GENETO Tackle Infill Housing in one of Osaka’s Packed Residential Neighborhoods

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This slick small home has been squeezed into a narrow lot in a busy residential neighborhood in Osaka, Japan. The property has been designed by the Japanese architecture firm GENETO.



Dubbed YMT, the project was completed in 2018 under the supervision of lead architect Koji and Yuji Yamanaka. It now serves as a home for a family of four.



Despite the small lot, YMT manages to create a floor area of 877-square-feet (81.5-square-meters). This is largely due to its several floors, a few of which are offset to create a double height space.



The plot is just 13-feet wide and 43-feet long (4-meters by 11-meters). Luckily the area is home to mid-to-high-rise residential buildings, so building upwards was never an issue.

The client had a relatively simple brief, asking for a living area capable of accommodating four people, a series of private spaces with plenty of storage, and a rooftop terrace.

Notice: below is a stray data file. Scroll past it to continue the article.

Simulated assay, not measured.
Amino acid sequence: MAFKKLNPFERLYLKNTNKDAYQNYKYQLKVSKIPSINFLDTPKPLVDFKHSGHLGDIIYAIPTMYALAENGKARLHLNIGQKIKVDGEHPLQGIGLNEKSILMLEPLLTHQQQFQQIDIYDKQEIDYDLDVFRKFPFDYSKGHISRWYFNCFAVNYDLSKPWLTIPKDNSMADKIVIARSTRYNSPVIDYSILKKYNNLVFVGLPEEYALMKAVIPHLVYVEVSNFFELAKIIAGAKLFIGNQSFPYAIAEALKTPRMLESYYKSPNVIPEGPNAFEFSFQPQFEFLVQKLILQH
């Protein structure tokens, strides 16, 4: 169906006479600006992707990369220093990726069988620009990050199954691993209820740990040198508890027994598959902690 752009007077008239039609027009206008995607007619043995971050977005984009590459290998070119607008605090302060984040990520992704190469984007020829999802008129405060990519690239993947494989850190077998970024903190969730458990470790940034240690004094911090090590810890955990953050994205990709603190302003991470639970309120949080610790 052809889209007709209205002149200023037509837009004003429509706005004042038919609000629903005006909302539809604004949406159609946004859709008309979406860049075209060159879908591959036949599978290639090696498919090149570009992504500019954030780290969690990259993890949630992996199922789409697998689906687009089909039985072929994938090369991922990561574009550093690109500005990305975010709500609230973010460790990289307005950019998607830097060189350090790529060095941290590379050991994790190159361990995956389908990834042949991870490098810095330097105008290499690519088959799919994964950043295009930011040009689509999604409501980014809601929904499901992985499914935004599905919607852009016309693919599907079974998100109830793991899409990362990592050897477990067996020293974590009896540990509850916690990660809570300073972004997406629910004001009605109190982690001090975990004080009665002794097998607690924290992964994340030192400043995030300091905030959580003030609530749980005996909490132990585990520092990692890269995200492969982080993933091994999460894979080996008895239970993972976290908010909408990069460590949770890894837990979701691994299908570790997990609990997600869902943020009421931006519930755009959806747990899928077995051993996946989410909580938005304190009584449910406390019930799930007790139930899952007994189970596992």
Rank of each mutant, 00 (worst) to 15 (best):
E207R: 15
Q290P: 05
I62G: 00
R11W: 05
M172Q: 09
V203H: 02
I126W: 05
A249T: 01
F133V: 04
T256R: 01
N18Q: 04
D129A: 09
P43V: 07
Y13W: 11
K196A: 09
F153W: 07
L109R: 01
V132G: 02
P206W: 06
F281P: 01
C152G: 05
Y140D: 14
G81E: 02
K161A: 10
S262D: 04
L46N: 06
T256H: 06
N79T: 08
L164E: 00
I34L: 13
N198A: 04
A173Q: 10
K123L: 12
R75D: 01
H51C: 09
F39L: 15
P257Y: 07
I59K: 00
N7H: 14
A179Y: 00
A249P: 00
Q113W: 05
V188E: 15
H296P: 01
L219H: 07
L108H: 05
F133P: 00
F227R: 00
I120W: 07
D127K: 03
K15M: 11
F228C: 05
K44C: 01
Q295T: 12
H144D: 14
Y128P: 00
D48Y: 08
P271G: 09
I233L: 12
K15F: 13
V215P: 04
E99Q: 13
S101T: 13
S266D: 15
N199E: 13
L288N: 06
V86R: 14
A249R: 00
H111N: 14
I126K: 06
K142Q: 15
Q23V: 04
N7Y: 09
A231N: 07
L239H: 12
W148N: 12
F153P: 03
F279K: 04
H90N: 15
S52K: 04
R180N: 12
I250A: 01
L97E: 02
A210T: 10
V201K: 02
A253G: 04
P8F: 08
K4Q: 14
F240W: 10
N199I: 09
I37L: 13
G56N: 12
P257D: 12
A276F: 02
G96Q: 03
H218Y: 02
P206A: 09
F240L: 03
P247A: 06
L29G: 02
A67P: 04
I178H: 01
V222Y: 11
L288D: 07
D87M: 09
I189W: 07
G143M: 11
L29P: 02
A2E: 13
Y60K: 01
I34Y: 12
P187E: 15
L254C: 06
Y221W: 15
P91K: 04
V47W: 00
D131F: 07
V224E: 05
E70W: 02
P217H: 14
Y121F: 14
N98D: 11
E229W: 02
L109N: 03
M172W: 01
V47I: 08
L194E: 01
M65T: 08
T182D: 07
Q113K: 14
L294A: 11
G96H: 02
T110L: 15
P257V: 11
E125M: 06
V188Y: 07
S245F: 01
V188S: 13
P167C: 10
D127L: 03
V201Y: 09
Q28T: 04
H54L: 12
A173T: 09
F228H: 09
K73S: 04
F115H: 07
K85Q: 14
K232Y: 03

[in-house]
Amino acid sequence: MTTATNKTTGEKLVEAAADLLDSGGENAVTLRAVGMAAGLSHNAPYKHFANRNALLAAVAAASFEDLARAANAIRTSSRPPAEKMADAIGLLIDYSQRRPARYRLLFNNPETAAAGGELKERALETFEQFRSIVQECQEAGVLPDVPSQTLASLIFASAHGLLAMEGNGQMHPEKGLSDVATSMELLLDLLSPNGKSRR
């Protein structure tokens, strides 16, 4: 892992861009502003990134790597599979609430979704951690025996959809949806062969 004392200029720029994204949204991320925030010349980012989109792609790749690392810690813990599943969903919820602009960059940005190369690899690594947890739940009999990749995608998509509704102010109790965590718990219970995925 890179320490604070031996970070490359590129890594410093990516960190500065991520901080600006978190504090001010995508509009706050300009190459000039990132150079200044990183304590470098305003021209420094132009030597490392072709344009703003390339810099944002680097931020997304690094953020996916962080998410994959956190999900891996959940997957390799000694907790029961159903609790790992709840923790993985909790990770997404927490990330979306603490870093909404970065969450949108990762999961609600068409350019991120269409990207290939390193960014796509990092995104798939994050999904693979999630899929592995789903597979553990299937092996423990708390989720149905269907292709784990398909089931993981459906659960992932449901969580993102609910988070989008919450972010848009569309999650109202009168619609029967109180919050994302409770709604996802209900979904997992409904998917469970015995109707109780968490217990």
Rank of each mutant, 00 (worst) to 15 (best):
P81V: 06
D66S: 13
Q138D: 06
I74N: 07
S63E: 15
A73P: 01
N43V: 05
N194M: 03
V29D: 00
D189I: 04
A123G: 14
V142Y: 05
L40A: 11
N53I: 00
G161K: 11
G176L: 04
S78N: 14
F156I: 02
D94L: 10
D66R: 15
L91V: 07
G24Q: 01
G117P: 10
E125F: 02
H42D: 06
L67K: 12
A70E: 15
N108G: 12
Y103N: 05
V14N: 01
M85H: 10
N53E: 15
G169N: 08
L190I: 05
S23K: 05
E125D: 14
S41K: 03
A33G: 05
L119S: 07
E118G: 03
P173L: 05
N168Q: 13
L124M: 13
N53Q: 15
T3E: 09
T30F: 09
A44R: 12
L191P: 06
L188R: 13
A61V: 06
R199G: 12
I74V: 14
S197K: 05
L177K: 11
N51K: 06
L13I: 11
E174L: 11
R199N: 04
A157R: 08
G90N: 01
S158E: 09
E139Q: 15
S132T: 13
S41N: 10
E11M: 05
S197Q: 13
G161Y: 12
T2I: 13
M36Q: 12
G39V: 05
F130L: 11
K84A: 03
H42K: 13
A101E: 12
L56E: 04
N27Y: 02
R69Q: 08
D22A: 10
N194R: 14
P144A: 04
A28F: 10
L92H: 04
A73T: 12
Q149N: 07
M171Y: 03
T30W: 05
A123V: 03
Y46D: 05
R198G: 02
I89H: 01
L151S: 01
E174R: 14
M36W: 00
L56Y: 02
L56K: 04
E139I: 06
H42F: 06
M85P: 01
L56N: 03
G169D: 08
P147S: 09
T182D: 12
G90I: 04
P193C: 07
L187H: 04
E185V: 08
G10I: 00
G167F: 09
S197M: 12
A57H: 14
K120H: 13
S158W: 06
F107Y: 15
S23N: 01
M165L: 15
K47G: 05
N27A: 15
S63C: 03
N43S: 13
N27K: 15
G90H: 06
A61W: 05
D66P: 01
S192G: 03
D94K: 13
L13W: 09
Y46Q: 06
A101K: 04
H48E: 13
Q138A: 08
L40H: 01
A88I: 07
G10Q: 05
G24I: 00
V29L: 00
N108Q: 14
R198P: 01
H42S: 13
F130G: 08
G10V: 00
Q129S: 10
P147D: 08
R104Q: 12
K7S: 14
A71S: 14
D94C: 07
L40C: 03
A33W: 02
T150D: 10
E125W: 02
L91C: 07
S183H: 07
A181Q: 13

To enrich and enhance life style while meeting all these requirements, the project focuses on the scale difference between each room. – GENETO


In the end, the design required a few unusual design choices in order to get the best of out the space and to meet the needs of the client. The first floor is dedicated to a garage and also contains the home’s only bathroom/washroom.


The next floor up serves as the communal area, housing the living room, dining area and kitchen to the rear. Placing the kitchen to the back helped keep plumbing lines centralized in one location.

The third floor contains two bedrooms, one for the parents and one for the kids. The floor plate steps back at this point to create the double height space in the living room.


The final level of this home is the rooftop terrace. It’s a semi-enclosed space that should allow the occupants to enjoy the outdoors with some degree of privacy.

Photos © Yasutake Kondo

Niall Burke

Structural engineer by day, tiny house designer by night. Niall has a keen interest in small spaces, green design, and sustainability. He started developing Humble Homes while studying for his masters degree in engineering. He is the founder and managing editor of Humble Homes.